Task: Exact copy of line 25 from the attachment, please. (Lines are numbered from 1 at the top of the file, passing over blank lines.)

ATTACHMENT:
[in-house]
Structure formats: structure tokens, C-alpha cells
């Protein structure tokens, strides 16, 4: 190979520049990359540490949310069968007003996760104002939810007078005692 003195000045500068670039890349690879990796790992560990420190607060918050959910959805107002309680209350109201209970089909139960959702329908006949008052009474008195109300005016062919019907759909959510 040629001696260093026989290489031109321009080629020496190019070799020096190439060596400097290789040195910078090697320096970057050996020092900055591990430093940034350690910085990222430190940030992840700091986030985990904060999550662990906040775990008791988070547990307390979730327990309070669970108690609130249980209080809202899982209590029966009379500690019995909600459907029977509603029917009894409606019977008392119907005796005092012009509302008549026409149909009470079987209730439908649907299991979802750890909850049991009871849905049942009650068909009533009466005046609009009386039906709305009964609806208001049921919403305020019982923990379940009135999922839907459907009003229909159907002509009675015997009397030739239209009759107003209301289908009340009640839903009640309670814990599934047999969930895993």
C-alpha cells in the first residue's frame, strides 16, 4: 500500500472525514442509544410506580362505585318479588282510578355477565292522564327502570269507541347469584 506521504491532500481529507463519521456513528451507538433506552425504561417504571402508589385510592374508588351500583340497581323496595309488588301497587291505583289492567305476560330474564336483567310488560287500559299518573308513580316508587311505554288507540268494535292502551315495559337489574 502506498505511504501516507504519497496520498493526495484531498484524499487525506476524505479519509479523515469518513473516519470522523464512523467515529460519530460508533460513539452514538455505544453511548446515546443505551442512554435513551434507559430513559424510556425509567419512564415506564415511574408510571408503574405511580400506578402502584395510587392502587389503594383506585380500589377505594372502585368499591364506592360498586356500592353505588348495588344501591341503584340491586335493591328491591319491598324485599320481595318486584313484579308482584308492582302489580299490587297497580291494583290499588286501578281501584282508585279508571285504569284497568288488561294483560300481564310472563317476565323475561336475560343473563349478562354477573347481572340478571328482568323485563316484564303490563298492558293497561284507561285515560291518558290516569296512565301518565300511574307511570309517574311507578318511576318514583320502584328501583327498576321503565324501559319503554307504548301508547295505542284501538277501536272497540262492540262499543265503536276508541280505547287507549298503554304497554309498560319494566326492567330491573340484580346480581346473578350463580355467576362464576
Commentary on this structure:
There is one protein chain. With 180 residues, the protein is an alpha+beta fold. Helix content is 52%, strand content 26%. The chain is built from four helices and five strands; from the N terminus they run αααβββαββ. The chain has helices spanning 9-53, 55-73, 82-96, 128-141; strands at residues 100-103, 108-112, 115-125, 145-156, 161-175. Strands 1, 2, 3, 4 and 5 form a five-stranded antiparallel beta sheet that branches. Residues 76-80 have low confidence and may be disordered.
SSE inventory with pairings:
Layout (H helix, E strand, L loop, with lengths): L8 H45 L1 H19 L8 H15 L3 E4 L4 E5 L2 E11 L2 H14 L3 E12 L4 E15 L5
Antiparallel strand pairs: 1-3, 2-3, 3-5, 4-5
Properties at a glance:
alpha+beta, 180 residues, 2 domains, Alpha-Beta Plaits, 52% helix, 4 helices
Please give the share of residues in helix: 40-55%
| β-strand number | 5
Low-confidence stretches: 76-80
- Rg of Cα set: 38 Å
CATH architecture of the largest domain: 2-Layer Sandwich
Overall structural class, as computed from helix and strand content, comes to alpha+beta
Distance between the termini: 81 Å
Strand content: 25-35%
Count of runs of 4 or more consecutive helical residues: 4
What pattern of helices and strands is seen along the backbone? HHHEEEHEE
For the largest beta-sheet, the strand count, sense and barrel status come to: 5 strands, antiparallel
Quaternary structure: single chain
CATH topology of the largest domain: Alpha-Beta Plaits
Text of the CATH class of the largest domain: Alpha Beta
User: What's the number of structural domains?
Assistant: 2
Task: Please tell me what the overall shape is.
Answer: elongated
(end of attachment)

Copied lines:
Text of the CATH class of the largest domain: Alpha Beta